malinger

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ma·lin·ger

(mă-ling'gĕr),
To engage in malingering.

ma·lin·ger

(mă-ling'gĕr)
To pretend to be ill or disabled, or to feign slow recuperation from an illness or other disabling condition, to arouse sympathy, avoid work or other responsibilities, or continue to receive medical care, medical benefits, or other forms of attention or compensation.
[Fr. malingre, fr. mal-, bad, + Old. Fr. haingre, heingre, thin, haggard]

malinger

(ma-ling'er) [Fr. malingre, weak, sickly]
To feign illness, usually to arouse sympathy, to escape work, or to continue to receive compensation.
See: factitious disorder; Munchausen syndrome
References in periodicals archive ?
Those who fail the test due to unemployment, ill health or disability are castigated as work shy malingerers.
The effect of unemployment on self esteem is well documented and by encouraging the portrayal of the unemployed as malingerers Ms Joan Burton has made a bad situation worse.
With the strain on government health facilities due to a high number of patients, often raised by the ministry, it's time they stood up and took a hard stance against persistent malingerers.
Advantages include systematic monitoring of employees, liaison with medical professionals and insurers, plus the accurate identifying of malingerers.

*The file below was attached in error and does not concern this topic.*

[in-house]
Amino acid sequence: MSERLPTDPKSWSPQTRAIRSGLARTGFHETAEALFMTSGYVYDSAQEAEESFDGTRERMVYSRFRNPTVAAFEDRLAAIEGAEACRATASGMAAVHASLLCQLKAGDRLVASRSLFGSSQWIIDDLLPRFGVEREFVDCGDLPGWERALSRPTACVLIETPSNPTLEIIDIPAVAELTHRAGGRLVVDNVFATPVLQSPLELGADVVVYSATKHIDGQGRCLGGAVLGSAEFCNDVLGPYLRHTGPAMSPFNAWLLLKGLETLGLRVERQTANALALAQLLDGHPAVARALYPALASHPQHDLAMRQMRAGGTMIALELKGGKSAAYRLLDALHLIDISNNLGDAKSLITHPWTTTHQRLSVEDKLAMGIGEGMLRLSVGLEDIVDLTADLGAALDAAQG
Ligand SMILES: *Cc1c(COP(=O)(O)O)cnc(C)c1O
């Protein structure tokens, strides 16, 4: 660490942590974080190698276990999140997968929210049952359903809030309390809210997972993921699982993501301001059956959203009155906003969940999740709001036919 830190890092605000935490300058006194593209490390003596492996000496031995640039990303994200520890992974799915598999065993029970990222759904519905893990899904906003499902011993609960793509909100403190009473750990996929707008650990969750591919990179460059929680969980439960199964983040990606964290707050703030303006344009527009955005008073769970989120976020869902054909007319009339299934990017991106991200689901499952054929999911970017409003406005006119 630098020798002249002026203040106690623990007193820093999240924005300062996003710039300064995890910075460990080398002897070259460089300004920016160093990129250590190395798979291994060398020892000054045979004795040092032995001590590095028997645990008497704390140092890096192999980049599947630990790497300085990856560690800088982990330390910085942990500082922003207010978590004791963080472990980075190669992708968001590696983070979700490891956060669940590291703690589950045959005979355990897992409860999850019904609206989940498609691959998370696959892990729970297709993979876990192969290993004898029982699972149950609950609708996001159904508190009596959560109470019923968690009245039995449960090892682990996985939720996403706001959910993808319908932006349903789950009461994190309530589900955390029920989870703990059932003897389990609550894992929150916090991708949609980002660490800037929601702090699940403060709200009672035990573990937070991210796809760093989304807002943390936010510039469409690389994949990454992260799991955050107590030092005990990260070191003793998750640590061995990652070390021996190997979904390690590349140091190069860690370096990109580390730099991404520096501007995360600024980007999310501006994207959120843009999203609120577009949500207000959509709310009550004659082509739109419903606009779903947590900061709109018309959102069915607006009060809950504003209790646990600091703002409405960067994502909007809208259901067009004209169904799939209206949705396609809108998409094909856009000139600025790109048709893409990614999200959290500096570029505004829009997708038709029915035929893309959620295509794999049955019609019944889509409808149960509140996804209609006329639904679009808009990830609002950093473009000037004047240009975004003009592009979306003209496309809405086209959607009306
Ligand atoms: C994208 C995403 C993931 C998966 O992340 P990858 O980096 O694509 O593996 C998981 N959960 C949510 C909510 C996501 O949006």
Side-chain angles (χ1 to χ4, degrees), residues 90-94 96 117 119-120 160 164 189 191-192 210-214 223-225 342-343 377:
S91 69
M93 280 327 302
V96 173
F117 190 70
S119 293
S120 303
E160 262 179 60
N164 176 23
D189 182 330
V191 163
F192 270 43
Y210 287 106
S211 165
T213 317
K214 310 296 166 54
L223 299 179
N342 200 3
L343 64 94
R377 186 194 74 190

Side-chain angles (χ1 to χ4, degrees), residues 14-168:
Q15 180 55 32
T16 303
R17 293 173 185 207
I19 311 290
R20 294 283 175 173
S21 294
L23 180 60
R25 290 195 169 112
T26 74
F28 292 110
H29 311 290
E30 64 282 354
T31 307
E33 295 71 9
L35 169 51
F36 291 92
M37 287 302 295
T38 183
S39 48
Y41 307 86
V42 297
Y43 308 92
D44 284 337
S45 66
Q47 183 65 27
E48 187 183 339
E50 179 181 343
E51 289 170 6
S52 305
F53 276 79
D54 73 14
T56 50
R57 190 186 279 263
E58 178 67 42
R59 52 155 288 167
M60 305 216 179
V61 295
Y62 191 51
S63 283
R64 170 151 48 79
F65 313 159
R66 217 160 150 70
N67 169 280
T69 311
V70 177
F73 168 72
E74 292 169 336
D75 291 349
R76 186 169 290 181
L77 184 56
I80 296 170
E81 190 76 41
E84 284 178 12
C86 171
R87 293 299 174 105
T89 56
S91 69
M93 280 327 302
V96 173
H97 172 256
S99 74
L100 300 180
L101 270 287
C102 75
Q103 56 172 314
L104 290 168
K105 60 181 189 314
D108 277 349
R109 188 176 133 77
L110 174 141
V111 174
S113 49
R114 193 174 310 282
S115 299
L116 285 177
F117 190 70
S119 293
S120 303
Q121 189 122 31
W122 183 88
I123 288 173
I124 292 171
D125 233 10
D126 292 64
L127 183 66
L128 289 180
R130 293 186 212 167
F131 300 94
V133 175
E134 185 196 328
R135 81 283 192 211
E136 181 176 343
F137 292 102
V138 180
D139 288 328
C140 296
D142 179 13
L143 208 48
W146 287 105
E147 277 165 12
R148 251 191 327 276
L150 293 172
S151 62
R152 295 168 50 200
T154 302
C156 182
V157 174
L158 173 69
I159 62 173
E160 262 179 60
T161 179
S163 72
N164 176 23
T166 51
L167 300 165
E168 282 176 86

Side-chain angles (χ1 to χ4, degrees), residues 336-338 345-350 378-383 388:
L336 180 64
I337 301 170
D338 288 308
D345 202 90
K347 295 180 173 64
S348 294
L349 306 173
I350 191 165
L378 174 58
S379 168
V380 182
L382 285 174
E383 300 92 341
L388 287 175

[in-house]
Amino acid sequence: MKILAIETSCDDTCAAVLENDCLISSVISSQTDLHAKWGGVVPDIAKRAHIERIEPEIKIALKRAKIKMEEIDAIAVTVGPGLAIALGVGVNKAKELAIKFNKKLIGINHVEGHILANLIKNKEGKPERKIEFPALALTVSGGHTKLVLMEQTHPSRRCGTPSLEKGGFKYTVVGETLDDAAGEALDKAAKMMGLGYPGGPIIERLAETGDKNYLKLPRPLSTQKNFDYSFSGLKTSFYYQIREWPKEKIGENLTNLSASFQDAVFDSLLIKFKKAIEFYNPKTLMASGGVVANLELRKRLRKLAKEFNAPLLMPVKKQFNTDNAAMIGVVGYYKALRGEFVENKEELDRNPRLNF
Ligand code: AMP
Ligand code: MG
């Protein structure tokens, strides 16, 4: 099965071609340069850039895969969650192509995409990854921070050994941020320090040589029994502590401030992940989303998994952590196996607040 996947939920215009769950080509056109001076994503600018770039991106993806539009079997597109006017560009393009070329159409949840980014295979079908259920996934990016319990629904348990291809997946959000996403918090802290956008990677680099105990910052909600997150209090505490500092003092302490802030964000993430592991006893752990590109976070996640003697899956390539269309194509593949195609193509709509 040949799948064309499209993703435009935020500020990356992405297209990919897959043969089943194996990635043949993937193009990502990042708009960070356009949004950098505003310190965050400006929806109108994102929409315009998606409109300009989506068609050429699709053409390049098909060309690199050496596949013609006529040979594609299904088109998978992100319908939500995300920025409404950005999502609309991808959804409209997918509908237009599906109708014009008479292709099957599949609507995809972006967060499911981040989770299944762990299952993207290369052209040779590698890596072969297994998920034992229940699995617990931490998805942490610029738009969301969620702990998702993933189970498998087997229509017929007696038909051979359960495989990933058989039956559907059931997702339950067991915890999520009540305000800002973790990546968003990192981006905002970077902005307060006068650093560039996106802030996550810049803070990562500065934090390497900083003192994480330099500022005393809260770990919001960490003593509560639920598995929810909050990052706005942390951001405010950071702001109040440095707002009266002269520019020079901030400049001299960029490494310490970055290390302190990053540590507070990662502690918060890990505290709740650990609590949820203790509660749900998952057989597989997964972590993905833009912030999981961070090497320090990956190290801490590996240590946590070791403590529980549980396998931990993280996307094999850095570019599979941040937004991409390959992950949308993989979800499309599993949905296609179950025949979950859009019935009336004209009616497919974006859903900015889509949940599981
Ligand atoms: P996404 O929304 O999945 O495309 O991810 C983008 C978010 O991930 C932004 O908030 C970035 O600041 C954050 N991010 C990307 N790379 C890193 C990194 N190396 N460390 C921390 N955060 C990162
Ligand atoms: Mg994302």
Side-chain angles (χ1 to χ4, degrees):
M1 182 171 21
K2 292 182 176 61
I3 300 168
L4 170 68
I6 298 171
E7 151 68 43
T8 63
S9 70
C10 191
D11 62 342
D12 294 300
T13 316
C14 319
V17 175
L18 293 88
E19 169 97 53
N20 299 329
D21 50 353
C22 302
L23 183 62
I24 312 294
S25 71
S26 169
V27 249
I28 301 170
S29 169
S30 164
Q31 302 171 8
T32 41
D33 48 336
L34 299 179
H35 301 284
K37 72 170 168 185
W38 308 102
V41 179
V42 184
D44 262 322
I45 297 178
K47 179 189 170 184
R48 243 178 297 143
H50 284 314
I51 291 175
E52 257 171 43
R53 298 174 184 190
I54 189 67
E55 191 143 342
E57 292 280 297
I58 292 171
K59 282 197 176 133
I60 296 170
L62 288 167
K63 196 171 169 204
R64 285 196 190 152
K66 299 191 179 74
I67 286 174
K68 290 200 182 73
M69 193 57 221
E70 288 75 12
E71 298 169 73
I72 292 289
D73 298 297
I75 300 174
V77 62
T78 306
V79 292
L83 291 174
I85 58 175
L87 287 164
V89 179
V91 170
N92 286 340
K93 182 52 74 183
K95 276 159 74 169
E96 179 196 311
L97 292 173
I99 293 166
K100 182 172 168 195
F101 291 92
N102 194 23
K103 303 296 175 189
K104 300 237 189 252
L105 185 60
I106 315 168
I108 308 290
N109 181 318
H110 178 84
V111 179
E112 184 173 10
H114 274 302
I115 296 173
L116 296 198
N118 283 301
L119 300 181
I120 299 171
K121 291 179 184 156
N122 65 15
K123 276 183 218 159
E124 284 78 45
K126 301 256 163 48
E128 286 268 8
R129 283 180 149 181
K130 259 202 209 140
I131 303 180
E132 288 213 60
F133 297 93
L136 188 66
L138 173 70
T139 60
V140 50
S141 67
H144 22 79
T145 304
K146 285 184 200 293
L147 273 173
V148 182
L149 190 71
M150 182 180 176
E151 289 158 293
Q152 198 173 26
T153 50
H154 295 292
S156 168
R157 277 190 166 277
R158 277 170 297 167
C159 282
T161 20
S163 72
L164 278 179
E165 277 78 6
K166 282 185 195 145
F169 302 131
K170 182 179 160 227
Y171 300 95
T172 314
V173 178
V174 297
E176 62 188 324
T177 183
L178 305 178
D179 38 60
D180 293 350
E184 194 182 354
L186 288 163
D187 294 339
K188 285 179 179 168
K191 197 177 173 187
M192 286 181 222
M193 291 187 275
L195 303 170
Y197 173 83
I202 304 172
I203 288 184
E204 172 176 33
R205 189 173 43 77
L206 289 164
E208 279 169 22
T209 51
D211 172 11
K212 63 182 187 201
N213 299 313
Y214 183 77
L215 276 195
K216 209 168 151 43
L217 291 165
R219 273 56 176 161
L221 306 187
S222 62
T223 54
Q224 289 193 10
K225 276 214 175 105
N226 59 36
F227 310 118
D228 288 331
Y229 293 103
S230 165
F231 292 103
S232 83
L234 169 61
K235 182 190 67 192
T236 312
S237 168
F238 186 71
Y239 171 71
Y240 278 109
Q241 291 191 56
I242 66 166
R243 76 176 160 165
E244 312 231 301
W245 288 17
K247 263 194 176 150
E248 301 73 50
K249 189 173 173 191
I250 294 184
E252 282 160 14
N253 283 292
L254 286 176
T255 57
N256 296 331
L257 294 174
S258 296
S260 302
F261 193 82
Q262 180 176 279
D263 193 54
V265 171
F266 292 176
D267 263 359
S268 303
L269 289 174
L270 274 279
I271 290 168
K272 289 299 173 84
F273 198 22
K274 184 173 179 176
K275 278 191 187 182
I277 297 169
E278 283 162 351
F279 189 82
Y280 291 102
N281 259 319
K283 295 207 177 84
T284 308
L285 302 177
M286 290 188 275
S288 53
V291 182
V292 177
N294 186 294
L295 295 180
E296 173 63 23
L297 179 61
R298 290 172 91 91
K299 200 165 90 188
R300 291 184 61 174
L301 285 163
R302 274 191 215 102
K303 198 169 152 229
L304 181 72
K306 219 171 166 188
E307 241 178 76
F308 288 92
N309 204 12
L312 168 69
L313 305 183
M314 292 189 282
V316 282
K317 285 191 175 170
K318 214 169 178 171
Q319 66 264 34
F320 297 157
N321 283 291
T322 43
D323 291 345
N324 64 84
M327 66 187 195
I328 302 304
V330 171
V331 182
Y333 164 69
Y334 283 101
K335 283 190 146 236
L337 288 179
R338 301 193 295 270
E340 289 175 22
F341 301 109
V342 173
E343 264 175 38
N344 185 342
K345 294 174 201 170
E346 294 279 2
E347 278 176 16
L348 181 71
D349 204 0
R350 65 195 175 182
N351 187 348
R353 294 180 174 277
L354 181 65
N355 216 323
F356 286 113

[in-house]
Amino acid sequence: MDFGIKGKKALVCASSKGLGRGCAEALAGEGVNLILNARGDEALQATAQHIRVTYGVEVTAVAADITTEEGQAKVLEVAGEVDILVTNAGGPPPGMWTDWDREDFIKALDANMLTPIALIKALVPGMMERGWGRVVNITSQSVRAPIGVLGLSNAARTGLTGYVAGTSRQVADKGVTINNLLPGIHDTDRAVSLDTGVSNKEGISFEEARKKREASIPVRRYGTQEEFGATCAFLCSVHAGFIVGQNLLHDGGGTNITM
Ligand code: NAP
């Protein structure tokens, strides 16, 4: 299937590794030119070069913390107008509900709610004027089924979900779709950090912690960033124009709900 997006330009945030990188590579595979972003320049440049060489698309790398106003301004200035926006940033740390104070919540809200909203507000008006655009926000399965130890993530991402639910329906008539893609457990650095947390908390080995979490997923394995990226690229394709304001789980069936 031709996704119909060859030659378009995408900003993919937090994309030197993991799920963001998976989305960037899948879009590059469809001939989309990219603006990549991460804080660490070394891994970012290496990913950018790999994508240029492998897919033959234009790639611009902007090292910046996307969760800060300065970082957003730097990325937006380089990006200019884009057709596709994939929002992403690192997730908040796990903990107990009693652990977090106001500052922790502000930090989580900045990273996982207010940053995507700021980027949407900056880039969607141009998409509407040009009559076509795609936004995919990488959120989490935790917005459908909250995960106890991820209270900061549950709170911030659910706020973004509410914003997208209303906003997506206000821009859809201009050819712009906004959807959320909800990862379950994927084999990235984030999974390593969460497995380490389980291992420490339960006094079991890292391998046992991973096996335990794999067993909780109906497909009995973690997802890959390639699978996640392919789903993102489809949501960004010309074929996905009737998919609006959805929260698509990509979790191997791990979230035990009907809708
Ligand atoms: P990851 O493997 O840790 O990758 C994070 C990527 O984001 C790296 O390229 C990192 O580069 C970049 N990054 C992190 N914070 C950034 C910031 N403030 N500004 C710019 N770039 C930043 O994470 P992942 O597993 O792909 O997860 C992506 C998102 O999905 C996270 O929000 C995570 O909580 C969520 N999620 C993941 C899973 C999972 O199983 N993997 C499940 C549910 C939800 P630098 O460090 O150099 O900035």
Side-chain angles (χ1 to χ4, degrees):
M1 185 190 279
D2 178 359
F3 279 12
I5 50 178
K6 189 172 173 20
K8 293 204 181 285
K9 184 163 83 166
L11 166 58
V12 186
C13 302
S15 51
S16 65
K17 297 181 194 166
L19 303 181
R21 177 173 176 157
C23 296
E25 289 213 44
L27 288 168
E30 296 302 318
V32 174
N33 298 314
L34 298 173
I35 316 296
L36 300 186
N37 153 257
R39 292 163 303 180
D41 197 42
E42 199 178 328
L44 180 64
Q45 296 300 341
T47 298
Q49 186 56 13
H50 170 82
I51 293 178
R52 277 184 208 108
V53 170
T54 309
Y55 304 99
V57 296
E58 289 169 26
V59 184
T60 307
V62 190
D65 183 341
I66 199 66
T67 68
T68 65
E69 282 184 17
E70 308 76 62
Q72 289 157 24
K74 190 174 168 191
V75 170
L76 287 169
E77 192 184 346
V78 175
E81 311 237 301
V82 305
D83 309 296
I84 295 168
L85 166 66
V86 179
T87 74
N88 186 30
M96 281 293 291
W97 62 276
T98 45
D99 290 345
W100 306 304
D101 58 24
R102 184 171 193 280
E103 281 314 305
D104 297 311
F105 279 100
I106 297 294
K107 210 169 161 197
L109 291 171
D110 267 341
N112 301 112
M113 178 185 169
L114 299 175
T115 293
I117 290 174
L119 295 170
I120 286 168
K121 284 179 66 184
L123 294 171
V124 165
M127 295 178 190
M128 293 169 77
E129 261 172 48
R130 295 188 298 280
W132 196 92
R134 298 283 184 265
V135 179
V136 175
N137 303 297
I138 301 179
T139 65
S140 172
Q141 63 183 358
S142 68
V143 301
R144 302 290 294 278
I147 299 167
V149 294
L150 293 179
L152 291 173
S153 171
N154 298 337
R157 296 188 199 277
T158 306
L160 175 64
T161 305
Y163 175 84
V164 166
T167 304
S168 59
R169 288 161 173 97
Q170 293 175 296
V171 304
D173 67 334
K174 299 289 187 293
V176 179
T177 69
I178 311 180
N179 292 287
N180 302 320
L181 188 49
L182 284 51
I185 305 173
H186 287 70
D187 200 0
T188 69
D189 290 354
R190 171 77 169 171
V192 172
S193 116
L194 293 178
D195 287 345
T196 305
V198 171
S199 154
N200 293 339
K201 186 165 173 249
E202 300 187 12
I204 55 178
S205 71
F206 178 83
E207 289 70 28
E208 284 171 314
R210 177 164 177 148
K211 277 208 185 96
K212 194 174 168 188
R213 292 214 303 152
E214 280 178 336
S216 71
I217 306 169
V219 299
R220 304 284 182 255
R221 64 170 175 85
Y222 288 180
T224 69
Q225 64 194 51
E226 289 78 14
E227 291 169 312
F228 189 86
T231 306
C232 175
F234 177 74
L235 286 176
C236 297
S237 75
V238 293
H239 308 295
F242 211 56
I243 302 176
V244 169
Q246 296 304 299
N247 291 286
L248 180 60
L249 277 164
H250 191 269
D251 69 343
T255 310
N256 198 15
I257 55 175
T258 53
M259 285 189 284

In fact, often these people were described as work-shy malingerers when the reality was that even the most dedicated job-seekers could not find jobs simply because they didn't exist.
Brady writes: "But perhaps more embarrassing to prudently financial New Labour, are the ranks of tramps and malingerers who have escaped into Ashworth to avoid working for a living, demanding and receiving full board and full benefits of pounds 100 per week pocket money for life (we prison transfers receive only pounds 25, being regarded as 'patients' only for restrictions).
Malingerers mislead doctors in order to acquire tangible gains, such as money and narcotics.
This is only compounded by malingerers who book themselves into the hospital hotel-style for the most petty of symptoms.
The current material now available on the subject of working with malingerers provides little information about successfully managing a helping relationship with such individuals (Kagle, 1998).
Experts believe soldiers underreport mental and emotional wounds for fear of being considered cowards or malingerers and suggest that the incidence of PTSD could rise in the months and years ahead.
The malingerers may come to realise the benefit of breaking down this small but significant barrier.
And doing it for the best part of a decade while a succession of makeweights, muppets, fakes on the make and malingerers have come and, mostly, gone.